Ask Me No QuestionsAsk Me No Questions
By Marina Budhos
Published by Atheneum Books/Simon Schuster

“The teen voice is wonderfully immediate, revealing Nadira’s mixed-up feelings as well as the diversity in her family and in the Muslim community…Readers will feel the heartbreak, prejudice, kindness, and fear.” –Booklist

“A perceptive peek into the lives of foreigners on the fringe.” –Kirkus Books

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Description
“You forget. You forget you don’t really exist here, that this isn’t your home.”

Since emigrating from Bangladesh, fourteen-year-old Nadira and her family have been living in New York City on expired visas, hoping to realize their dream of becoming legal U.S. citizens. But after 9/11, everything changes. Suddenly being Muslim means you are dangerous — a suspected terrorist.
When Nadira’s father is arrested and detained at the U.S.-Canadian border, Nadira and her older sister, Aisha, are told to carry on as if everything is the same. The teachers at Flushing High don’t ask any questions, but Aisha falls apart. Nothing matters to her anymore — not even college.
It’s up to Nadira to be the strong one and bring her family back together again.

Reviews & Accolades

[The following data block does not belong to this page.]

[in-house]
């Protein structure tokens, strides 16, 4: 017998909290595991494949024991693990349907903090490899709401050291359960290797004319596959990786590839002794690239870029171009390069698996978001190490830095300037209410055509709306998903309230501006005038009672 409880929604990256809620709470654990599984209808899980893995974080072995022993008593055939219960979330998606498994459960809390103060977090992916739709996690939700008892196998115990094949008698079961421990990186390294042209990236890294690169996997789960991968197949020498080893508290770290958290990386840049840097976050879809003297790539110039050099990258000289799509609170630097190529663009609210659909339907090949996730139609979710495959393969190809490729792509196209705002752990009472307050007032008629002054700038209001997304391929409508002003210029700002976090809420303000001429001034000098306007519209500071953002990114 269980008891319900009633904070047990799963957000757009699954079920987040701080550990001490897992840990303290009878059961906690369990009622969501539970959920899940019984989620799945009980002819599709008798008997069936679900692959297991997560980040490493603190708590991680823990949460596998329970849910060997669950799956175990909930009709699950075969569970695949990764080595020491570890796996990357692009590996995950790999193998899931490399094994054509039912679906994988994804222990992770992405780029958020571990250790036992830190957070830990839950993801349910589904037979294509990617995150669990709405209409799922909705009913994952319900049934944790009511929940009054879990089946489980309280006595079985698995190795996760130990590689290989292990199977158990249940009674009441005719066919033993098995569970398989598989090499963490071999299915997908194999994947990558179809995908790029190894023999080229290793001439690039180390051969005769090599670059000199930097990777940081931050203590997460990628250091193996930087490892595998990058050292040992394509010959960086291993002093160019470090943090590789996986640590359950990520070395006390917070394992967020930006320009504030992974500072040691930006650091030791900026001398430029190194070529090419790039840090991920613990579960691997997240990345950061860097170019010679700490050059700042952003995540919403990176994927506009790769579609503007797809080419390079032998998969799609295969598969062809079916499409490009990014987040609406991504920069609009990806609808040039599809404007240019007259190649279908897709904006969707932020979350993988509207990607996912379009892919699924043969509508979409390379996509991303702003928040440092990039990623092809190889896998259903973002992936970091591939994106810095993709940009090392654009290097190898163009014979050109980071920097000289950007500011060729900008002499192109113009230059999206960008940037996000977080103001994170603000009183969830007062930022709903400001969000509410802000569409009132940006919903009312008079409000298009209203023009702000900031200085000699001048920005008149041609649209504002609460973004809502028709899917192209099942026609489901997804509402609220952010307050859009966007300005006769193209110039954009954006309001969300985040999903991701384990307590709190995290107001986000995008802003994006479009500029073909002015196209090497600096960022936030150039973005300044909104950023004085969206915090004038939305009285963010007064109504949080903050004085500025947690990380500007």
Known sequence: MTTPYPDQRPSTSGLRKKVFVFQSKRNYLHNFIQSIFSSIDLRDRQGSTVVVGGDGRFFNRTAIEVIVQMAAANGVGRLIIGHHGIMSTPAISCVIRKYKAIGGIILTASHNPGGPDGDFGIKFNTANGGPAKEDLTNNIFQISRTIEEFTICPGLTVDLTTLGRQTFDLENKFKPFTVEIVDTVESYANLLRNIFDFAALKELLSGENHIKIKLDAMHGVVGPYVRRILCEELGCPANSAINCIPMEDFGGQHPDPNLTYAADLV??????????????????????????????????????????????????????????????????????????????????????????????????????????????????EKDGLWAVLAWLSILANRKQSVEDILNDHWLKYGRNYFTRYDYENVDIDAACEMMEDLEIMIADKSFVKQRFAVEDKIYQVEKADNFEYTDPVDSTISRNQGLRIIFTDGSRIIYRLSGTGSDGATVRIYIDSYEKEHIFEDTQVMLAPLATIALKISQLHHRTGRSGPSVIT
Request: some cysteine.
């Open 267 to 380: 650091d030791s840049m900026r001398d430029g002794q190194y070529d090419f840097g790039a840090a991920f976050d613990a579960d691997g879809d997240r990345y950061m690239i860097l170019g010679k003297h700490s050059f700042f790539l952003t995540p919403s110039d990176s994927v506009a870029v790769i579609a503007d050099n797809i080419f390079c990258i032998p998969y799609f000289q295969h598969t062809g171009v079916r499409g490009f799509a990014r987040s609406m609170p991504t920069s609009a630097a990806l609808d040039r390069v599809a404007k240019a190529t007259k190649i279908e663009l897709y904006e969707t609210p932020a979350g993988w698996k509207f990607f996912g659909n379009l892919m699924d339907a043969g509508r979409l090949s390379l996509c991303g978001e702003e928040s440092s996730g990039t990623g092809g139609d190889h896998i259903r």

Marina Budhos’s novel paints a compelling portrait of what it was like to be a Muslim teen living in the United States following 9/11. The characters are believable and well-rounded, especially Nadira, who grows from a naive and whiny teenager into a mature, level-headed young woman…an important addition to the study of the immigrant experience.” –School Library Journal

“What is it like to be an illegal alien in New York now? In a moving first-person, present-tense narrative, Nadira, 14, relates how her family left Bangladesh, came to the U. S. on a tourist visa, and stayed long after the visa expired…The teen voice is wonderfully immediate, revealing Nadira’s mixed-up feelings as well as the diversity in her family and in the Muslim community…Readers will feel the heartbreak, prejudice, kindness, and fear.” –Booklist

“Inspiring and timely, this novel explores one of the most difficult issues facing the United States today in a compelling and highly readable way.” –Children’s Literature

“Budhos, who has written before about immigrant teenagers, here creates fully realized characters to help us understand the complexities of the immigration system…This is a powerful story, especially for those YAs who know something themselves about the immigration situation. Budhos doesn’t make heroes of the illegal immigrants, but she illuminates the reasons why families stay here, and she focuses on the children who have grown up in America but who are threatened with deportation because of the mistakes of their parents.” –KLIATT

“Budhos’s descriptive writing style helps the story seem more realistic. Nadira’s conflicting emotions are portrayed in such a way that even though teens might not identify with her situation, they can easily relate to her feelings. The topics addressed in this book are very relevant in today’s society, and teens will quickly be able to make real world connections.” –VOYA

“A perceptive peek into the lives of foreigners on the fringe.” –Kirkus Books

Groups Represented
Bangladeshi
Bangladeshi-American

Themes
Family relationships, sibling relationships, immigration, illegal aliens

Setting
New York City

Author Research
TBA

Engagement Projects
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